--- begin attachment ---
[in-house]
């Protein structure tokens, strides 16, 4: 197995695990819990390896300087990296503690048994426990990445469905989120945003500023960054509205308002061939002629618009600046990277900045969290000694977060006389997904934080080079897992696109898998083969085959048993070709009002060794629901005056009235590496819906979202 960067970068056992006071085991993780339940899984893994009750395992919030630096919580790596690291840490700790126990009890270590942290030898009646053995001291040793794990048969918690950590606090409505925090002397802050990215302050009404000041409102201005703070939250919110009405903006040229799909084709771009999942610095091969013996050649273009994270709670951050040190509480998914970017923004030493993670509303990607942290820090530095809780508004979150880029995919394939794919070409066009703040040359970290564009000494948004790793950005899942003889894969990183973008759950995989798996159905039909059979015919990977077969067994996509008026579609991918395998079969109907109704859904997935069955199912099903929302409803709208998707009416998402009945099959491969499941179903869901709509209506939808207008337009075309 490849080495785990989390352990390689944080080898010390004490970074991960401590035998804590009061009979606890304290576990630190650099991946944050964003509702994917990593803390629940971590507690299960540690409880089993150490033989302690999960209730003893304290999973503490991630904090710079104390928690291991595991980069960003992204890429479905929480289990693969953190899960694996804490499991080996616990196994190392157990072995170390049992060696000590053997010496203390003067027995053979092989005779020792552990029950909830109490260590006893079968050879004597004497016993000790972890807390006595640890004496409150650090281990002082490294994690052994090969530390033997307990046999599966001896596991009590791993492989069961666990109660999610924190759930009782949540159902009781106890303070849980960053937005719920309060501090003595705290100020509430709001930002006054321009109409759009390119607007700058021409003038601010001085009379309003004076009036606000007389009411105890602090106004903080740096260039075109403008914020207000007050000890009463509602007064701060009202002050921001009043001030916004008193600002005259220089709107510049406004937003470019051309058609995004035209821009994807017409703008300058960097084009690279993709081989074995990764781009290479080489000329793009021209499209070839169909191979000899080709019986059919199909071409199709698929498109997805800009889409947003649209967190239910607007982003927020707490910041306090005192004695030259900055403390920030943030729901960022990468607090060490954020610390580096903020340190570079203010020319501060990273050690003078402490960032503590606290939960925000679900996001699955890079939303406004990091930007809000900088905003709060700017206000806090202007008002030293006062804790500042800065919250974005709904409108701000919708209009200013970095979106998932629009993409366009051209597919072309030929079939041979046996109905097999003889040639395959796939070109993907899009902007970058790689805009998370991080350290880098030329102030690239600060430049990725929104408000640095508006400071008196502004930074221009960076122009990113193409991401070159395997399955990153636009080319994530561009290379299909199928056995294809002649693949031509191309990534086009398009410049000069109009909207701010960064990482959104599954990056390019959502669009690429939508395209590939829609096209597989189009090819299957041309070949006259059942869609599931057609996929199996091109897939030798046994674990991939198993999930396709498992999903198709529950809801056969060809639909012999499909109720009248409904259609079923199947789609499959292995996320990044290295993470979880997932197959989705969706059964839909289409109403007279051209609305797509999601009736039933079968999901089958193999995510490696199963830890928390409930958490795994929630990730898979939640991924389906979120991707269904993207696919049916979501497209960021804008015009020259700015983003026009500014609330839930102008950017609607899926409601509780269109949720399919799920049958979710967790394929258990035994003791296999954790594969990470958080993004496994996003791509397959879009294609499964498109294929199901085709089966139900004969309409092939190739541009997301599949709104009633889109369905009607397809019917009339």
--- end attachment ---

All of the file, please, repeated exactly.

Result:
[in-house]
């Protein structure tokens, strides 16, 4: 197995695990819990390896300087990296503690048994426990990445469905989120945003500023960054509205308002061939002629618009600046990277900045969290000694977060006389997904934080080079897992696109898998083969085959048993070709009002060794629901005056009235590496819906979202 960067970068056992006071085991993780339940899984893994009750395992919030630096919580790596690291840490700790126990009890270590942290030898009646053995001291040793794990048969918690950590606090409505925090002397802050990215302050009404000041409102201005703070939250919110009405903006040229799909084709771009999942610095091969013996050649273009994270709670951050040190509480998914970017923004030493993670509303990607942290820090530095809780508004979150880029995919394939794919070409066009703040040359970290564009000494948004790793950005899942003889894969990183973008759950995989798996159905039909059979015919990977077969067994996509008026579609991918395998079969109907109704859904997935069955199912099903929302409803709208998707009416998402009945099959491969499941179903869901709509209506939808207008337009075309 490849080495785990989390352990390689944080080898010390004490970074991960401590035998804590009061009979606890304290576990630190650099991946944050964003509702994917990593803390629940971590507690299960540690409880089993150490033989302690999960209730003893304290999973503490991630904090710079104390928690291991595991980069960003992204890429479905929480289990693969953190899960694996804490499991080996616990196994190392157990072995170390049992060696000590053997010496203390003067027995053979092989005779020792552990029950909830109490260590006893079968050879004597004497016993000790972890807390006595640890004496409150650090281990002082490294994690052994090969530390033997307990046999599966001896596991009590791993492989069961666990109660999610924190759930009782949540159902009781106890303070849980960053937005719920309060501090003595705290100020509430709001930002006054321009109409759009390119607007700058021409003038601010001085009379309003004076009036606000007389009411105890602090106004903080740096260039075109403008914020207000007050000890009463509602007064701060009202002050921001009043001030916004008193600002005259220089709107510049406004937003470019051309058609995004035209821009994807017409703008300058960097084009690279993709081989074995990764781009290479080489000329793009021209499209070839169909191979000899080709019986059919199909071409199709698929498109997805800009889409947003649209967190239910607007982003927020707490910041306090005192004695030259900055403390920030943030729901960022990468607090060490954020610390580096903020340190570079203010020319501060990273050690003078402490960032503590606290939960925000679900996001699955890079939303406004990091930007809000900088905003709060700017206000806090202007008002030293006062804790500042800065919250974005709904409108701000919708209009200013970095979106998932629009993409366009051209597919072309030929079939041979046996109905097999003889040639395959796939070109993907899009902007970058790689805009998370991080350290880098030329102030690239600060430049990725929104408000640095508006400071008196502004930074221009960076122009990113193409991401070159395997399955990153636009080319994530561009290379299909199928056995294809002649693949031509191309990534086009398009410049000069109009909207701010960064990482959104599954990056390019959502669009690429939508395209590939829609096209597989189009090819299957041309070949006259059942869609599931057609996929199996091109897939030798046994674990991939198993999930396709498992999903198709529950809801056969060809639909012999499909109720009248409904259609079923199947789609499959292995996320990044290295993470979880997932197959989705969706059964839909289409109403007279051209609305797509999601009736039933079968999901089958193999995510490696199963830890928390409930958490795994929630990730898979939640991924389906979120991707269904993207696919049916979501497209960021804008015009020259700015983003026009500014609330839930102008950017609607899926409601509780269109949720399919799920049958979710967790394929258990035994003791296999954790594969990470958080993004496994996003791509397959879009294609499964498109294929199901085709089966139900004969309409092939190739541009997301599949709104009633889109369905009607397809019917009339």